Rural communities are showcasing resiliency by ensuring kids are fed during widespread school closures caused by the coronavirus.
In my hometown of West Point, Nebraska, the schools have closed for the time being like many other communities. In nearby Kansas, they just announced closure for the remainder of the school year. With so many uncertainties surrounding us, where the next meal is coming from should not be one of them. This should especially not be a concern for growing young bodies who happen to be our rural legacy.
As things rapidly develop and change due to COVID-19, we’re learning this week what educating our children at home will look like. In the coming days, some schools will round out their plans to deliver classroom education online for the remainder of the year. One need that hit the radar in rural communities right away is whether or not students would still be able to get nutritious meals with cafeterias closed.
West Point’s approach to school meals was the first part of the plan that rolled out to school parents last week. Shortly after parents learned of the plan to close schools, one of the first communications following was about school meals. All students will be provided free breakfast and lunch options while school is closed. Households can sign up on the school’s website and expect to pick up meals at the regular bus stops in town. Bus stops in nearby towns that the school also serves—Beemer, Scribner, and Snyder—will receive the service. Students of another area school can also participate. Parents select the stops and the pick-up times. This has been communicated to the public in both English and Spanish, so it reaches as many families as possible. In all, it’s been a group effort.
The Center for Rural Affairs’ hometown of Lyons, Nebraska, is also addressing this issue as part of its pandemic plan. Households can call the school to be placed on the list for breakfast and lunch the following day. Pick-ups are at 11:30 a.m. at the school cafeteria’s doors, allowing for safe interactions with individuals and staff. In Fremont, Nebraska, the schools weren’t able to implement their plan to distribute meals out of three elementary school sites until March 24. But, not to worry, a local coffee shop regularly serving lunches came to the rescue with free sack breakfast and lunches in the meantime.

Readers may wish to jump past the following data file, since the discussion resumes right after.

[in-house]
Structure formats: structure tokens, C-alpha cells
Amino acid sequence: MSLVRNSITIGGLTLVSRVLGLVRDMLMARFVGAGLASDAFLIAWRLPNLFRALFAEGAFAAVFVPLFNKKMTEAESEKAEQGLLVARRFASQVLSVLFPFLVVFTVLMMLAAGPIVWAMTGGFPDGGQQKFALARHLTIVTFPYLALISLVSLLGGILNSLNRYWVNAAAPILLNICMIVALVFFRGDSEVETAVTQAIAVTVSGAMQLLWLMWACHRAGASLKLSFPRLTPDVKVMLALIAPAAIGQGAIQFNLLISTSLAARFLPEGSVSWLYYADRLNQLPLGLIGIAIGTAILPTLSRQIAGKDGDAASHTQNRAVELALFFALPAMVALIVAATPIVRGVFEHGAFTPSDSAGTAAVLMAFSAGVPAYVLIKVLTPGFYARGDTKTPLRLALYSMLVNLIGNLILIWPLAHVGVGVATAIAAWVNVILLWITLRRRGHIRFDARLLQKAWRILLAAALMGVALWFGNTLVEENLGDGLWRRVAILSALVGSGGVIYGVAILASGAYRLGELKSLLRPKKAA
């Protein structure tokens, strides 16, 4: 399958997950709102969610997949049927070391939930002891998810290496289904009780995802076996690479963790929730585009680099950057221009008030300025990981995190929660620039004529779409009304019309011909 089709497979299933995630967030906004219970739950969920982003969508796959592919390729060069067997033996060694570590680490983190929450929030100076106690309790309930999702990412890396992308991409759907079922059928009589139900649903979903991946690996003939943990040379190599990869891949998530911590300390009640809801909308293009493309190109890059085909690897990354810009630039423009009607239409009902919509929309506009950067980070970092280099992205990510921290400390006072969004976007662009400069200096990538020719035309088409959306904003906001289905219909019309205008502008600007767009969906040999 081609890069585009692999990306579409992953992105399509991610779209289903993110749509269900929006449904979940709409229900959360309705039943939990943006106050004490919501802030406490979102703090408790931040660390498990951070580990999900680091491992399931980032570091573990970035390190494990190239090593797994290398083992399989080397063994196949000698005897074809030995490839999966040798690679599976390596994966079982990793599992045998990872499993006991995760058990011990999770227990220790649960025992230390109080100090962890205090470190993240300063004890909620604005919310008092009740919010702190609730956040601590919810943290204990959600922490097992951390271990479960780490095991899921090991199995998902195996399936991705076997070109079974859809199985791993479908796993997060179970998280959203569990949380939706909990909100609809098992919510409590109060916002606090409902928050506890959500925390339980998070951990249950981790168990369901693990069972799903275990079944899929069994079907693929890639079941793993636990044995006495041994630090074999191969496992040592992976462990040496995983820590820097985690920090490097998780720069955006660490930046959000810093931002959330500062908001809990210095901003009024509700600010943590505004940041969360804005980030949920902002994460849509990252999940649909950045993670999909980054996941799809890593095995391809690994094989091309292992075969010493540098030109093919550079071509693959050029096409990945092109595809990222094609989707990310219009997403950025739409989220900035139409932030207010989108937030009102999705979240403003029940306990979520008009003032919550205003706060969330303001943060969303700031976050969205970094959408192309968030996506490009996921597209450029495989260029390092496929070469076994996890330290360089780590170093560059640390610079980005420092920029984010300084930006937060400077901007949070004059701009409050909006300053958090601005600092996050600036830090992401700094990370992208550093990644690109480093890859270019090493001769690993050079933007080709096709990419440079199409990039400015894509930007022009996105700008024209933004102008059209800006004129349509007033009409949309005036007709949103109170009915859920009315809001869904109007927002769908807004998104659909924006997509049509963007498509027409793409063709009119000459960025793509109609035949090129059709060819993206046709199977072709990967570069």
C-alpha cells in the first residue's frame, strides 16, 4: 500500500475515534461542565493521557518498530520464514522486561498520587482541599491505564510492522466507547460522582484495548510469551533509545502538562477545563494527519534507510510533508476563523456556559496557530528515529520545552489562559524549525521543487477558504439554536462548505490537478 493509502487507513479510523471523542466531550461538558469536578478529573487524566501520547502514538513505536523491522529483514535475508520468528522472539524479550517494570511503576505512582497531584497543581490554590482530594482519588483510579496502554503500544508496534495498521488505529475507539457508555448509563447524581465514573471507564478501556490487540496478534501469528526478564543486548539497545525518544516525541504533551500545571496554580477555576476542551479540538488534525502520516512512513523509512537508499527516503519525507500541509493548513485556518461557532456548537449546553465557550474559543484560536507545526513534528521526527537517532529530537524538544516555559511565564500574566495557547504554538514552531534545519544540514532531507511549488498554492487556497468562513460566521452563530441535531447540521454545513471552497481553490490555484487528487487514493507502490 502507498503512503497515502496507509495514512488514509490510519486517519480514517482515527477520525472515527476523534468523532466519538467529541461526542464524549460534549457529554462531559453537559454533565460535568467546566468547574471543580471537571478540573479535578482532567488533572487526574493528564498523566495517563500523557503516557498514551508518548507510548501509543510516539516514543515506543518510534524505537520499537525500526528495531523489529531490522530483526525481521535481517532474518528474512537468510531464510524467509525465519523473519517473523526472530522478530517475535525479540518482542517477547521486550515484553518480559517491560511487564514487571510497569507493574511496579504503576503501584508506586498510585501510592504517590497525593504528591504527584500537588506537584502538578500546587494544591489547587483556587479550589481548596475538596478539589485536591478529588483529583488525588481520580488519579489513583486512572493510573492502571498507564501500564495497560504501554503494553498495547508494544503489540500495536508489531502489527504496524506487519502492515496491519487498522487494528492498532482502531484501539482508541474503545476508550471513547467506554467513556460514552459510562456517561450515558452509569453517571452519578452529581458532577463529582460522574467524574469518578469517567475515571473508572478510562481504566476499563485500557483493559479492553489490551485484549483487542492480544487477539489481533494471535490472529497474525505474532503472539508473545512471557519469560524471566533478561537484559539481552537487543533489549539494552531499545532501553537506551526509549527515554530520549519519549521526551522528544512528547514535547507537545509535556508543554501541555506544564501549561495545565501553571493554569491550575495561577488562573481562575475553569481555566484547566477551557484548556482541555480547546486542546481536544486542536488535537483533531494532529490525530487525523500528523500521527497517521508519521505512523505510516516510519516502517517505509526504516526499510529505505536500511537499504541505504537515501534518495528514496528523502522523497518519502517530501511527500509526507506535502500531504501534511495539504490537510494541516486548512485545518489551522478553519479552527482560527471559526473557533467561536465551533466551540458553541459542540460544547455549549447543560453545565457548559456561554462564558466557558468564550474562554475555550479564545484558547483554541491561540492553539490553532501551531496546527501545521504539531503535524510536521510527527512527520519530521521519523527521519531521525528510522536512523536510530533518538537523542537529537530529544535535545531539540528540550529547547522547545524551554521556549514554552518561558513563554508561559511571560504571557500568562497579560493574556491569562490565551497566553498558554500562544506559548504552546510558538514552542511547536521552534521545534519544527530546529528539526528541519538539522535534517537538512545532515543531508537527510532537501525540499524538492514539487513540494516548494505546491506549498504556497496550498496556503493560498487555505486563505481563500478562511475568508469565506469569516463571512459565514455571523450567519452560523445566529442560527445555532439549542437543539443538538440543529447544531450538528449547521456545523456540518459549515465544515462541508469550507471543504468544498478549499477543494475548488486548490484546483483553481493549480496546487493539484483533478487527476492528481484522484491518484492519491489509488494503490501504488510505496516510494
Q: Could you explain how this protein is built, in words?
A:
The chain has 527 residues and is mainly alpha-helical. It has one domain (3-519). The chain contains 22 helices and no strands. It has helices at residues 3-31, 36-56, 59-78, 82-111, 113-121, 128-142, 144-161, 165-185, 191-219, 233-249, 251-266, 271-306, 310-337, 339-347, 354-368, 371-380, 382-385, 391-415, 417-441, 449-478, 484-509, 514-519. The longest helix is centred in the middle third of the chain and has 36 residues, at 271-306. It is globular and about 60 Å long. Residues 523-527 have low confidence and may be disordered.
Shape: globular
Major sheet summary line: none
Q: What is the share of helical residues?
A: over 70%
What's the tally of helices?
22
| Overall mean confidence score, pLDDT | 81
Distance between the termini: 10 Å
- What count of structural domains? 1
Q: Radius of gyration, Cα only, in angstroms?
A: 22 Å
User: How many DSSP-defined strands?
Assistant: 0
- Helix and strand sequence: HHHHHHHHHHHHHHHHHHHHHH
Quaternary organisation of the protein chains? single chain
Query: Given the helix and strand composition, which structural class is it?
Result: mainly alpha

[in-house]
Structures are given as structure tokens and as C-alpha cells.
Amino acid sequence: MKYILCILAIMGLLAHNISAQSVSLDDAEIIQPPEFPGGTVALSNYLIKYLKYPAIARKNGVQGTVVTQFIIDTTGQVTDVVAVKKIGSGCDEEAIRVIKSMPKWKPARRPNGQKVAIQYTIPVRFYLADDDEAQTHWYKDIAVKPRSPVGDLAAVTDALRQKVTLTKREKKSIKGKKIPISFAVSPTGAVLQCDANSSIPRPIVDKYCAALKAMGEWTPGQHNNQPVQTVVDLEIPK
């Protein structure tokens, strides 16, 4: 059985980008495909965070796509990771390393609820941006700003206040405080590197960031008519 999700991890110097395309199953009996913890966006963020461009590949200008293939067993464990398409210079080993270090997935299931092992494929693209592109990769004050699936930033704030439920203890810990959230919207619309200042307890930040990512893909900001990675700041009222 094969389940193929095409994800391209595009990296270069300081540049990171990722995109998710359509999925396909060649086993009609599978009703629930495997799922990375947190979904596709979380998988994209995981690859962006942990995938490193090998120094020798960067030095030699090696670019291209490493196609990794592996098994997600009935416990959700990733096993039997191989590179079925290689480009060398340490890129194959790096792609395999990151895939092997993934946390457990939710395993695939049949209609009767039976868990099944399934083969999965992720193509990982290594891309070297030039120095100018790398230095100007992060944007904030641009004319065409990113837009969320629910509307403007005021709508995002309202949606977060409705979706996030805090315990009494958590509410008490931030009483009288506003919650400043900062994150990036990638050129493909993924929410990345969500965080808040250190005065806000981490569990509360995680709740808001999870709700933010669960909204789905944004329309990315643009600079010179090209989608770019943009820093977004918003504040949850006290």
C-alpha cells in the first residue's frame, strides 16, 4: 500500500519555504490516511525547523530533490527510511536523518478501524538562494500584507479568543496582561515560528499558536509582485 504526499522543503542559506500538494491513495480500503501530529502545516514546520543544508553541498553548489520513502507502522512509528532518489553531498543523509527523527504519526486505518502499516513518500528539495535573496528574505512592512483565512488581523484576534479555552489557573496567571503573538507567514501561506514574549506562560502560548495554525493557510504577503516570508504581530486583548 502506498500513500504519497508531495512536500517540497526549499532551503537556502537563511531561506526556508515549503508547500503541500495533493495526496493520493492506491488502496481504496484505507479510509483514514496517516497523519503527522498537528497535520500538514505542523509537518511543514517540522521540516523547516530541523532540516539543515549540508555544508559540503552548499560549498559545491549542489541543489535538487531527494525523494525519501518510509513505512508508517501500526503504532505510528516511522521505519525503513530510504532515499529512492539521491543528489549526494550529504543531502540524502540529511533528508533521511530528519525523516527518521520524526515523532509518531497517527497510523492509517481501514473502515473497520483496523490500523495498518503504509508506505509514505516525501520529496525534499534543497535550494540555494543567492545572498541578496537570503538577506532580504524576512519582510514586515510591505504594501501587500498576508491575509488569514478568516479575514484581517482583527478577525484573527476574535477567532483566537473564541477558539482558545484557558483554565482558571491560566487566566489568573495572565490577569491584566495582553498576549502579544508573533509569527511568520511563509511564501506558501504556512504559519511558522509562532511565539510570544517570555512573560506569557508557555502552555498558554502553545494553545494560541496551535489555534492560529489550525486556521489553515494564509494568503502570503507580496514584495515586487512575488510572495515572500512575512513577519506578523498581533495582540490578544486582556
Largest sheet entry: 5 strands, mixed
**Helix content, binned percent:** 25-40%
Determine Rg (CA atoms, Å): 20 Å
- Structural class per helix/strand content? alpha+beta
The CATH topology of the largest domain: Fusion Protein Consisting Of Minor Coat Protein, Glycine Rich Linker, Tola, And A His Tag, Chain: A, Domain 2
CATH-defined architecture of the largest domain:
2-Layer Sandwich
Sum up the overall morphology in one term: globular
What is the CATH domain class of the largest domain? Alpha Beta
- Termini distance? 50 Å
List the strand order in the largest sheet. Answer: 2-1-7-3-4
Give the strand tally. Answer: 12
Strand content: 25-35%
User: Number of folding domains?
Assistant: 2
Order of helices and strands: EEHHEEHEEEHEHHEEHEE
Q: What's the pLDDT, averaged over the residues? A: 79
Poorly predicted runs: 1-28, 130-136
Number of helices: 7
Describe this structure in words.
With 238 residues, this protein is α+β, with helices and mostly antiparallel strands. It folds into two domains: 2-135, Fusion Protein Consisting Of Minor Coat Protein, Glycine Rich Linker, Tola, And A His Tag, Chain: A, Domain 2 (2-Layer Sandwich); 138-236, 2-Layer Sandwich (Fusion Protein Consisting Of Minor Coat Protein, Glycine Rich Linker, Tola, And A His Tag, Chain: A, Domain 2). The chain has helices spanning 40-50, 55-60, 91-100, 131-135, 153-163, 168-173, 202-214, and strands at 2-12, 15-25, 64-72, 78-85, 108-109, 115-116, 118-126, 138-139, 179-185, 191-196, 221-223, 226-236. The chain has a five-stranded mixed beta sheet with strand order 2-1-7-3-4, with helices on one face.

Other rural schools are running drive-through operations, delivering meals along their bus routes, and working with local organizations and volunteers to make sure meals are delivered to students who most rely on this food—those receiving free and reduced meals. In addition, Chef Ann Foundation has put together guidance for schools looking for resources to respond during this time. They also are highlighting other remote feeding examples from schools across the country.
In 2018, school cafeterias served nearly 5 billion lunches nationwide—three-quarters were free or at a reduced price. A report found that children from food insecure households are more likely to eat school meals and receive more of their food and nutrient intake from school meals than other children. The numbers for free and reduced meals tend to be higher in rural areas. In 2017, a USDA report on household food security showed that the rate of food insecurity in households with children is 15.9 percent in metro areas, in rural areas that number jumps to 20.4 percent. Rural communities should prioritize rallying around this issue. This is especially important during this pandemic, when disparities in our communities and families come to light much more rapidly.
There is something that happens in rural communities during crisis; something inspiring, something defiant. Because we are a resilient bunch, we band together and take care of each other. Rural people forge on, even through the unknowns, even when there is no end in sight. In these weeks, and potentially months to come, we will share stories that exemplify rural resiliency, strength, and unity that prove no matter the challenge, our rural communities can, and will, rise to the occasion.